We know that having close friends and family that support us and make us laugh is an important part of maintaining good emotional and mental wellness. However, these relationships are often challenging for many women with mental health and substance abuse issues as they tend to isolate themselves, avoid loved ones and neglect close friendships. Because of this risk factor, mental health facilities often spend a lot of time exploring the negative effects of withdrawing while encouraging women to make time to see those that are important to them nurturing their social wellness.
But is alone time ever a good thing? Absolutely. Spending time alone is actually an essential part of self-care, and in fact an issue that many women struggle with. Loneliness and solitude are not the same thing, yet they often become intertwined and lead many women to fear time spent alone with their own thoughts and feelings. Some women just simply don’t have time to be alone. Between working all day and sharing a house with family or friends, finding a moment to be by themselves can be nearly impossible.
Solitude is often omitted from our busy lives. The minimal time between the demands of outside obligations and the pull of social responsibilities is usually brushed to the side and neglected. Yet, this small amount of “me” time can help balance our entire wellness, and may actually help avoid the development of depression and anxiety.
Consistently feeling the pressure to engage with others can be mentally, physically and emotionally exhausting. Being alone for a few moments without distractions gives our mind and body a chance to unwind and focus more clearly. With less distractions we are often more productive when we are alone, as we are better able to concentrate and think deeply both about work and our own thoughts.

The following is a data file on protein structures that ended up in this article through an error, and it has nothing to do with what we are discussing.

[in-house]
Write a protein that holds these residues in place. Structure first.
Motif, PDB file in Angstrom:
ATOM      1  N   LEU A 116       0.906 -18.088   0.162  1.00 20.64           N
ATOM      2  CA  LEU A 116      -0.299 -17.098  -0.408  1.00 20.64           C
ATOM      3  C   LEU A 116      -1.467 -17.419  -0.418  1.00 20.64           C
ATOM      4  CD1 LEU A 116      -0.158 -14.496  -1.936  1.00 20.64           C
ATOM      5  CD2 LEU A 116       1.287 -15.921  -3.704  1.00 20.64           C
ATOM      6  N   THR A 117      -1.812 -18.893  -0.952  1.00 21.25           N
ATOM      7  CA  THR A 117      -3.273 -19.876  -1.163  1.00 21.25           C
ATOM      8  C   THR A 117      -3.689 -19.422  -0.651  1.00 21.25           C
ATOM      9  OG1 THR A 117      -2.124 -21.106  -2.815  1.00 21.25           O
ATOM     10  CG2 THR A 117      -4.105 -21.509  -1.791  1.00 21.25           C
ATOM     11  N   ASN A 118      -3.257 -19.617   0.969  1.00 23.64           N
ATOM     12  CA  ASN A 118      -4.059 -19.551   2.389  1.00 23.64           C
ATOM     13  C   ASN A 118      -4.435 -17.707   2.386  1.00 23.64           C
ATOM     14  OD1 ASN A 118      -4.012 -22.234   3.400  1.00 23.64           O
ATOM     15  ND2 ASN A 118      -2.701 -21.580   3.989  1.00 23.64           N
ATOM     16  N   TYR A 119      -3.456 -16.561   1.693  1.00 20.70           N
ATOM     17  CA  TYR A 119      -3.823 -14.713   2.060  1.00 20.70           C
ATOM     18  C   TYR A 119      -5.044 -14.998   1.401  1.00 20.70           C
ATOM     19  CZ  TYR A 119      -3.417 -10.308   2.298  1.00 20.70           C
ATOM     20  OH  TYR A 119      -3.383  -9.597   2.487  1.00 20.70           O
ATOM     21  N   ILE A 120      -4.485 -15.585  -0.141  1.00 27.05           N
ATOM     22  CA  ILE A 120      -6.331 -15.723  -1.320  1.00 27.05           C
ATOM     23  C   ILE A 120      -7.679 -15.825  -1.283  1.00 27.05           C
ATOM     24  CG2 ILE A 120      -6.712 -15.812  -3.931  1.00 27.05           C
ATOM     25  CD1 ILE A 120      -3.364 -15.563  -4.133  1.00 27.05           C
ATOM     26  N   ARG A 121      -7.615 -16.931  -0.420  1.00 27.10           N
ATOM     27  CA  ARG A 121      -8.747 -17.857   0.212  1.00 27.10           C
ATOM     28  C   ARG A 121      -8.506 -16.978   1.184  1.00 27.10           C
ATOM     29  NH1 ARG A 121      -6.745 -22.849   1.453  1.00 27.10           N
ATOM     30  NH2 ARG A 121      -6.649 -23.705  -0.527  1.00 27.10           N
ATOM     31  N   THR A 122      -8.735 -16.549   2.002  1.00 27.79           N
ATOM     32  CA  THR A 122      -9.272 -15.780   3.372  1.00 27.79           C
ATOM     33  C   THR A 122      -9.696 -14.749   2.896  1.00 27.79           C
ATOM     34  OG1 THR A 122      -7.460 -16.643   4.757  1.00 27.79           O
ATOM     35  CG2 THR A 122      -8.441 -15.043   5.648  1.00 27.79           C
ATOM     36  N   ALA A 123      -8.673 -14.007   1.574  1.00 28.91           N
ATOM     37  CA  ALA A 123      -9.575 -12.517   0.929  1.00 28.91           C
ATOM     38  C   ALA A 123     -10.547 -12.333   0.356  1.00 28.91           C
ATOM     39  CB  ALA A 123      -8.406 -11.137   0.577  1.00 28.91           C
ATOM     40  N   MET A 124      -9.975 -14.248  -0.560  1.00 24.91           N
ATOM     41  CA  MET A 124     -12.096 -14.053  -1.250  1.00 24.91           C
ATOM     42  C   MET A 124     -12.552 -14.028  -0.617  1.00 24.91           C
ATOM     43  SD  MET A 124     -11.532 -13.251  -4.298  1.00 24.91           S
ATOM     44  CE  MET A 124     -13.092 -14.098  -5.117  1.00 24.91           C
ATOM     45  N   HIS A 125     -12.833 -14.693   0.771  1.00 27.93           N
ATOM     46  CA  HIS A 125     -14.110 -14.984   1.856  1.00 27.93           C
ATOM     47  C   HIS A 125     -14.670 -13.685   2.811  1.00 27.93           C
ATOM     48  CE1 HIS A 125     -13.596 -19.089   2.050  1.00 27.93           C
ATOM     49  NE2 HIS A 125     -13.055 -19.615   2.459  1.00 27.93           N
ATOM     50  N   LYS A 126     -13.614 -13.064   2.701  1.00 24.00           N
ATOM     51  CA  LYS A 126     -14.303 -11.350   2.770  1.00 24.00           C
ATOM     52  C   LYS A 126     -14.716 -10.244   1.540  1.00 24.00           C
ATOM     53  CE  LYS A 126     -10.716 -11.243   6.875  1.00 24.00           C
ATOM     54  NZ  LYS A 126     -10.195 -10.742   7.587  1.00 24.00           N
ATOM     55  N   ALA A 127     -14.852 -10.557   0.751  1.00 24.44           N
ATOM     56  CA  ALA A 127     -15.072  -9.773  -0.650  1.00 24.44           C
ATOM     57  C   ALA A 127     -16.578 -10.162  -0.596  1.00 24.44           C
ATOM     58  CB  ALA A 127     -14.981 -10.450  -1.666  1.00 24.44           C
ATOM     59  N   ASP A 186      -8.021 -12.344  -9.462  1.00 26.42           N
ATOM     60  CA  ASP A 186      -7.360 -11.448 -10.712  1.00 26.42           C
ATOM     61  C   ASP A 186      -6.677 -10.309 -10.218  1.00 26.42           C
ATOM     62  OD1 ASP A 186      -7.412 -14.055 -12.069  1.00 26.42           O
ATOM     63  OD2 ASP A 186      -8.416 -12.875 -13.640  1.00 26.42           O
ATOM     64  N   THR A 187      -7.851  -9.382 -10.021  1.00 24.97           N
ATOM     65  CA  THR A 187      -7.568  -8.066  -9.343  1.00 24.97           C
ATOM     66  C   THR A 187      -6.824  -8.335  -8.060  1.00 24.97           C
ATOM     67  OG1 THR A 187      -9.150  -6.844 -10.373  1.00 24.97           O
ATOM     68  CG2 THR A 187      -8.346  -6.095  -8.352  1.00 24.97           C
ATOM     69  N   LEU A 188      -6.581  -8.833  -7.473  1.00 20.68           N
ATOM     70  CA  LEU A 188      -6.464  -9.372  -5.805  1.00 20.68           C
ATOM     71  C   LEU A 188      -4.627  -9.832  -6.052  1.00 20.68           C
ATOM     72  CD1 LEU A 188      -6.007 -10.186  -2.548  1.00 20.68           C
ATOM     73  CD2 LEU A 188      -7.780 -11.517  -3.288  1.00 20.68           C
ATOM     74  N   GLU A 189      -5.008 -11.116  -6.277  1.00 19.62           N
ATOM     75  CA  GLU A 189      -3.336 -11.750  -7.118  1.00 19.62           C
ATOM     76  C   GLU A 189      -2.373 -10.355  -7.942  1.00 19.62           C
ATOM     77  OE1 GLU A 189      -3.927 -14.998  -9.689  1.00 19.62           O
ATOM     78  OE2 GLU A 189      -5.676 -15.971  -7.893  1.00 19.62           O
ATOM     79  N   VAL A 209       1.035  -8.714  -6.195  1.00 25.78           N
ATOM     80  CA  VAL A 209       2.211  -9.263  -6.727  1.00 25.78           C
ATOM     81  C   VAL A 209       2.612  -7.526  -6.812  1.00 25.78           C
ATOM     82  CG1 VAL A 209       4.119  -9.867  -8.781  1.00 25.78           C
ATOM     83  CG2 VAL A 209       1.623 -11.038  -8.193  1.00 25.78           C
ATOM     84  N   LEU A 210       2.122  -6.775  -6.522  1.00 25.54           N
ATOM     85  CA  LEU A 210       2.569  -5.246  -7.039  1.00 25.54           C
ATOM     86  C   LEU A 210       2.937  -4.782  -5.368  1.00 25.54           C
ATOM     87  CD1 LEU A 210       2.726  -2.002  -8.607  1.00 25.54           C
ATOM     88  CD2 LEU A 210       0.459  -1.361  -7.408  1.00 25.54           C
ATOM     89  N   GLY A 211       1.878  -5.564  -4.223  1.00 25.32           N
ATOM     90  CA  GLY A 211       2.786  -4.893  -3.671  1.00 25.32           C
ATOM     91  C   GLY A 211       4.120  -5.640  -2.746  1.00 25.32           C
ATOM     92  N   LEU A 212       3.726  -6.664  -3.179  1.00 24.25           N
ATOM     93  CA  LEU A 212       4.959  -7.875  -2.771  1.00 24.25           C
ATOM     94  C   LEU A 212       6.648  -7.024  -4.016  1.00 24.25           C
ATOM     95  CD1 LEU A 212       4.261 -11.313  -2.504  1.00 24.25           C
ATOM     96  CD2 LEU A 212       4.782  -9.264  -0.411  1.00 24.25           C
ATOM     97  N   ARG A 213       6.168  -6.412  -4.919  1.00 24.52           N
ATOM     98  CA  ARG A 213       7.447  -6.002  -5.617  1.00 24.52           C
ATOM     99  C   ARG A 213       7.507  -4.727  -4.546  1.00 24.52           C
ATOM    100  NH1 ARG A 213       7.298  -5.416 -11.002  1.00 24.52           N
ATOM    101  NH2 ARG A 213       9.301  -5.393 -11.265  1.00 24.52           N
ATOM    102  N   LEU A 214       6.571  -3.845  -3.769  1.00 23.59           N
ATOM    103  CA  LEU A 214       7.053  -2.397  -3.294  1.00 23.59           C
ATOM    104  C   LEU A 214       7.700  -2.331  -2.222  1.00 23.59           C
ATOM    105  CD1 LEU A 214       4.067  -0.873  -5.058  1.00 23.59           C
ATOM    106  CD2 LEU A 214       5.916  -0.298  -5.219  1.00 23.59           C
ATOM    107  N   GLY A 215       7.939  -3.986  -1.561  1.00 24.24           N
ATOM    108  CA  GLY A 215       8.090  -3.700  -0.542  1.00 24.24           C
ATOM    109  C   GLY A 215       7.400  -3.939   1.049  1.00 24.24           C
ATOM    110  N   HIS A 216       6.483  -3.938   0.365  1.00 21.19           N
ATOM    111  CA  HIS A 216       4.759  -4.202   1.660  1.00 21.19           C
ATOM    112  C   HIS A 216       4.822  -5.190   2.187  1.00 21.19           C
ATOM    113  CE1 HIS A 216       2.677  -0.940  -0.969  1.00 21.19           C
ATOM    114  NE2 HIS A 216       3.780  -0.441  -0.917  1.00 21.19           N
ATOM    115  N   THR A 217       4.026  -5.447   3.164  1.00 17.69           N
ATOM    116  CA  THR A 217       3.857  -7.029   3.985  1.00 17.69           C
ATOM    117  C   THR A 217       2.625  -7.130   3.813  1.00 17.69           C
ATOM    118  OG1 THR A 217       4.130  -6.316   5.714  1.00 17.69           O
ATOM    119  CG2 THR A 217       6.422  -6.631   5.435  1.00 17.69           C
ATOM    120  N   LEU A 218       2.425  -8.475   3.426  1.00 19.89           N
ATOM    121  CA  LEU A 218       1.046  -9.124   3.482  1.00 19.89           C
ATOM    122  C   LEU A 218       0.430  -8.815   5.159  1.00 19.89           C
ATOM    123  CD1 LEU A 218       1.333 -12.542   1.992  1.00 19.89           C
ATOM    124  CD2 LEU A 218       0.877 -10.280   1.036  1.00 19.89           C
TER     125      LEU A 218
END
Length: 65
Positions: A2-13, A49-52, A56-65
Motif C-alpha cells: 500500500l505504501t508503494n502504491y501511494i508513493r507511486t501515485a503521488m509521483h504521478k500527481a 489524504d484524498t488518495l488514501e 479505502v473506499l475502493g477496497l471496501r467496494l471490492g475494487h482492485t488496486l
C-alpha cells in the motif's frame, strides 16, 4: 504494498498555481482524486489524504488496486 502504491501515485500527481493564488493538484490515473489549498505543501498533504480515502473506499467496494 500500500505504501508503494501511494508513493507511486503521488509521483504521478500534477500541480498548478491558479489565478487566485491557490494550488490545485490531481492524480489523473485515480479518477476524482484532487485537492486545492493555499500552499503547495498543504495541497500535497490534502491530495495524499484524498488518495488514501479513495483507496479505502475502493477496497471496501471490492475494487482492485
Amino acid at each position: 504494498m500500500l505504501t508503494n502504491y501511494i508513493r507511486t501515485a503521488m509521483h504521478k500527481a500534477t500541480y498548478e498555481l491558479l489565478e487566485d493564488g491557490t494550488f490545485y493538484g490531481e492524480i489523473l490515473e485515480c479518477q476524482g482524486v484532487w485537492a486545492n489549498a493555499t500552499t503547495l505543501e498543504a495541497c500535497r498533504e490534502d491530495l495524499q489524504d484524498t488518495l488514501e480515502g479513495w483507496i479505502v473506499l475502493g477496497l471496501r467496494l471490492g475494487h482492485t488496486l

Taking time away from the crowd isn’t just rejuvenating to our relationship with our self, but our relationships with others too. Constantly being around anyone, even those we love the most, can trigger irritability, frustration and emotional distress. Alone time is critical to gaining a better understanding of our own needs and desires, helping us make better decisions on whom we spend time with, and what we do with that time.
In a world that focuses so much on staying connected through Facebook, Instagram, text messaging and a million other ways, finding “me” time and learning how to enjoy this solitude is a vital step in self-actualization. It gives us a time to reflect, explore and embrace our own identity, and will ultimately help us to better love our self.